# Explaining to a kid why a negative × negative = positive? [duplicate]

My son's just turning 8 this year and has just started to learn some of the basics of multiplications, including multiplication signs.

However, he's started asking me why a negative multiplied by another negative would make a positive. It's quite hard to explain to a kid and I'm not quite sure how to put it. I've seen the other question regarding the same question but I fear the concepts within those answers are much too difficult for my son to wrap his head around.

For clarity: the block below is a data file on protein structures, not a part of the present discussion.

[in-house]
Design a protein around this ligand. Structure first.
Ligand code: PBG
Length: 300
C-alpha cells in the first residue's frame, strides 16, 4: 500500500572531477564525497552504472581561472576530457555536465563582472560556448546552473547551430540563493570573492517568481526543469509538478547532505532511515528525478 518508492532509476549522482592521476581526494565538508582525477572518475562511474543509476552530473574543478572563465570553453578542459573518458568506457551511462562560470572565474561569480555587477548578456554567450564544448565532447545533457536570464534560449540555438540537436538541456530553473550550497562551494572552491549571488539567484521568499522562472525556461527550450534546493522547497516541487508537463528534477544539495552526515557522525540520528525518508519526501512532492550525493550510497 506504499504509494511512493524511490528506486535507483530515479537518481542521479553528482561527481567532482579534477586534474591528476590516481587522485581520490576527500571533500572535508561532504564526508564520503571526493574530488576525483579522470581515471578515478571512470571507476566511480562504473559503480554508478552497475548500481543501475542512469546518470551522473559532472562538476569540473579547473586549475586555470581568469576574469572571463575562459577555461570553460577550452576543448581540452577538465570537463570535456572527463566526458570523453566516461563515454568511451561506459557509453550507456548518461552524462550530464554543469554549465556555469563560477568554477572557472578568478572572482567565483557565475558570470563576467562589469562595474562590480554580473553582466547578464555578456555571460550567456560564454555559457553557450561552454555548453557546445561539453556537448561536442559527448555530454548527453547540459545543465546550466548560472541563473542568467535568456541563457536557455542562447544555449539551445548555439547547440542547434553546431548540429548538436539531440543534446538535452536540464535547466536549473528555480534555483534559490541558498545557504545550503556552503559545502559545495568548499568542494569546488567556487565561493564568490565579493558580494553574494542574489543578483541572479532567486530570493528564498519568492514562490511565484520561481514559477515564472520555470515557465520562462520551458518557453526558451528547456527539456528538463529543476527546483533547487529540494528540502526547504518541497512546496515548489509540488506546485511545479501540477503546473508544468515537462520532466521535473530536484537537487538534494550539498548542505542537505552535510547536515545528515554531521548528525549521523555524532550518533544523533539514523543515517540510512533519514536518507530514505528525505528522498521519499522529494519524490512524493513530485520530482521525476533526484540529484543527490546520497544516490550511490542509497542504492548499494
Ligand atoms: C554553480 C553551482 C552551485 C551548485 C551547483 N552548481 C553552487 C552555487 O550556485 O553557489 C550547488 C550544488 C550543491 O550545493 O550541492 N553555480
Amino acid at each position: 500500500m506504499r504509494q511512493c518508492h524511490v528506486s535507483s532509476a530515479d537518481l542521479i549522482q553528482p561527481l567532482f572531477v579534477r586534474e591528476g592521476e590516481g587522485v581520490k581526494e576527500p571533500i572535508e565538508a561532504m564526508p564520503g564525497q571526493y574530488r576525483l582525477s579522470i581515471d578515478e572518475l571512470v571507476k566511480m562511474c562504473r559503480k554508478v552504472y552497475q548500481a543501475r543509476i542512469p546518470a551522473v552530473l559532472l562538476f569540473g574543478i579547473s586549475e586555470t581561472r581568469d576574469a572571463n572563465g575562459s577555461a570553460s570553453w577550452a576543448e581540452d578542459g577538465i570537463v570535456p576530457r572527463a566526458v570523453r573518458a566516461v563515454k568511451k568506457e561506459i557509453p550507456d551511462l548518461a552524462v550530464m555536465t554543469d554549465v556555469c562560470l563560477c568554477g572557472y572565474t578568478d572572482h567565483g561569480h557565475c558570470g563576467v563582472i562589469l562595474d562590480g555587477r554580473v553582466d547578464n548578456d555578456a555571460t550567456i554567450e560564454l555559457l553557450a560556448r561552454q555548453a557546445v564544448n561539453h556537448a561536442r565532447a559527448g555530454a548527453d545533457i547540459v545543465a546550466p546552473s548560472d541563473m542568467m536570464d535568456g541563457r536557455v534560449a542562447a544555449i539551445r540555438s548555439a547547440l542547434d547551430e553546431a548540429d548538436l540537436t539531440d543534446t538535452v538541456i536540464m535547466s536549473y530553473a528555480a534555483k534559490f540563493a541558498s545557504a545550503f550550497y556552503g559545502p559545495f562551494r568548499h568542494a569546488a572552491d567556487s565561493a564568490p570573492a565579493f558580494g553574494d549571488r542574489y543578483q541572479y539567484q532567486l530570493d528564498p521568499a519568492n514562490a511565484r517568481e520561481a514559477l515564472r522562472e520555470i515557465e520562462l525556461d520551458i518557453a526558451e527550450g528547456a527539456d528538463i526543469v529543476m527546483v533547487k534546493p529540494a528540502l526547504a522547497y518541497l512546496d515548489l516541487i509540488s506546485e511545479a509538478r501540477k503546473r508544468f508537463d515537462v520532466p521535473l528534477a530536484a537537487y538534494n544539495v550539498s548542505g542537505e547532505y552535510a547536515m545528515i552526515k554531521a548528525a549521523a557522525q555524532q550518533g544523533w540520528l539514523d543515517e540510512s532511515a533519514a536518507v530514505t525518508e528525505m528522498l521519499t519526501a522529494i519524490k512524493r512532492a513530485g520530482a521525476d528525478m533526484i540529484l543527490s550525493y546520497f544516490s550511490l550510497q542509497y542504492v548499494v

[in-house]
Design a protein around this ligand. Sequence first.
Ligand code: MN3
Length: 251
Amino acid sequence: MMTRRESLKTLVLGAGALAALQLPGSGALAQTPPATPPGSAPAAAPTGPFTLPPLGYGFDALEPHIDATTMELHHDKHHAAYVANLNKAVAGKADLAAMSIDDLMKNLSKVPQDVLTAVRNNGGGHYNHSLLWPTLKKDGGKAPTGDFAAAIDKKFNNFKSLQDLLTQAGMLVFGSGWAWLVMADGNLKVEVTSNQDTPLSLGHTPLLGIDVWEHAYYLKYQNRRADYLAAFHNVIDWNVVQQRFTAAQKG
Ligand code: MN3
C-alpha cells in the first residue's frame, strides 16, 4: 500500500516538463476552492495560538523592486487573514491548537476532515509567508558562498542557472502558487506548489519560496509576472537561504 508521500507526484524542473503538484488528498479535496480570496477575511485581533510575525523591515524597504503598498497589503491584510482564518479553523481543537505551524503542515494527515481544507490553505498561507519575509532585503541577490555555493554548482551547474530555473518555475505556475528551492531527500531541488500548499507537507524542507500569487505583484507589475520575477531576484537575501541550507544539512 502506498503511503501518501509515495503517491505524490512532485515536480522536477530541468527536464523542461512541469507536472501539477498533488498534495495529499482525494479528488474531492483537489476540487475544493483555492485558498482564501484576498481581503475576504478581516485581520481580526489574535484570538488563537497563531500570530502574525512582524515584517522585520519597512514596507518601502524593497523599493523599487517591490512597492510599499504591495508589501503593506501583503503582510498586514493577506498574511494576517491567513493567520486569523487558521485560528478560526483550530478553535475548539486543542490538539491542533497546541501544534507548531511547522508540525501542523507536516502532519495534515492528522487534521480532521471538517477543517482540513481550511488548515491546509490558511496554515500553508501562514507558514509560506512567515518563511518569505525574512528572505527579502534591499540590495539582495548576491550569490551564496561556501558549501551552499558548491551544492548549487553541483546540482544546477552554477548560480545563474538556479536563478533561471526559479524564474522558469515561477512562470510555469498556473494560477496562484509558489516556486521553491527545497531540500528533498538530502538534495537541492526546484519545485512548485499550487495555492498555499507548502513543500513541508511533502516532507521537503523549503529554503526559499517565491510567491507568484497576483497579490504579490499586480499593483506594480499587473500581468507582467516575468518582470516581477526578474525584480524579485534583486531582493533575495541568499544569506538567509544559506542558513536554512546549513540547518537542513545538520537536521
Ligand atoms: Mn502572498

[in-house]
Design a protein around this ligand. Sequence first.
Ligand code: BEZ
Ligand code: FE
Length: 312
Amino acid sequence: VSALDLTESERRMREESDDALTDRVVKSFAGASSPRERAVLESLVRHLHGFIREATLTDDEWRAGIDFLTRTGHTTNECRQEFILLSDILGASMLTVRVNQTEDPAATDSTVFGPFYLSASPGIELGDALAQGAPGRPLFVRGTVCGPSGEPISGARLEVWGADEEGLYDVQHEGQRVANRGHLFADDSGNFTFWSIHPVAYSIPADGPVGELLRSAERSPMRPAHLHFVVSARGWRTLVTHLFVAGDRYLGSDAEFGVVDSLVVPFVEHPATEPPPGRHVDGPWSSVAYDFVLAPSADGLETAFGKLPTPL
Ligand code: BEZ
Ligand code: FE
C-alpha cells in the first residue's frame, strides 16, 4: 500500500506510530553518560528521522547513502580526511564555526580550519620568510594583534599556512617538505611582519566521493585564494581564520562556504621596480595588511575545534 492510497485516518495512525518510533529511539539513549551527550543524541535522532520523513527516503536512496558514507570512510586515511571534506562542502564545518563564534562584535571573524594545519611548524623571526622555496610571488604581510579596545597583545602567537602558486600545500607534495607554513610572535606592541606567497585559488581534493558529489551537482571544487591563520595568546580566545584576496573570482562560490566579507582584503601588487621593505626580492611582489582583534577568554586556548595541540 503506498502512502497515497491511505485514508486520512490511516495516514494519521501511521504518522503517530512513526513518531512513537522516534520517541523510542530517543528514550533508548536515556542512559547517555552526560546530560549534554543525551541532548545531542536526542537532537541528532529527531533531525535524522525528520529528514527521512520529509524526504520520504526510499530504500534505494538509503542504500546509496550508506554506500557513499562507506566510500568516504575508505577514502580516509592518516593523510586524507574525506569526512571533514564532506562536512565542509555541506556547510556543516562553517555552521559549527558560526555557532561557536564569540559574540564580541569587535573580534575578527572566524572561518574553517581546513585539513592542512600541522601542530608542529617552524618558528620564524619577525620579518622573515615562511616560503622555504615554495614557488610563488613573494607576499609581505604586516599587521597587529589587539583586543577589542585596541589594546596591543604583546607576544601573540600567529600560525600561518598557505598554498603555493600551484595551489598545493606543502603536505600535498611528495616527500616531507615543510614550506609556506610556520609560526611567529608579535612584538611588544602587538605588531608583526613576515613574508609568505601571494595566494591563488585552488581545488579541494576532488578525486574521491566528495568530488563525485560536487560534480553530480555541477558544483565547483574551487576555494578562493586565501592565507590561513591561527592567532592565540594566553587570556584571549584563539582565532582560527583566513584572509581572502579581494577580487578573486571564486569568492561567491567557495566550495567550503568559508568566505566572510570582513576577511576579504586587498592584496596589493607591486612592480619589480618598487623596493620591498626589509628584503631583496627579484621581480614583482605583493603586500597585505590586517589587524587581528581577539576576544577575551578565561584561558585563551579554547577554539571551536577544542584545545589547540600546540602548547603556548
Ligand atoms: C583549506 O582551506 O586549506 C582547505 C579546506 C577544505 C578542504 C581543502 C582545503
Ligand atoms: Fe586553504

What's the best way to explain to my kid why a negative × negative = positive? For reference, I'm looking for simple concepts to explain to a child to understand this. At this point he could care less about dot products, absolute values, multiplicative identities. He's just getting started with multiplication for crying out loud.

• Related, almost dup: math.stackexchange.com/questions/9933/… The first two answers fit the bill. Nov 9, 2015 at 0:20
• @GEdgar I've tried explaining why it isn't a duplicate. The answers there simply don't fit the bill. Unless maybe I should start explaining exponentional equations to an 8 year old, and get started on the ti-89 for him as well. Nov 9, 2015 at 18:57
• @venidividicivicini I agree it isn't a duplicate of either question, and were someone to start at this question with all its great answers with the intention of explaining to a kid and follow the duplicates, they'd arguably get less relevant results. What can you do though. Nov 9, 2015 at 22:58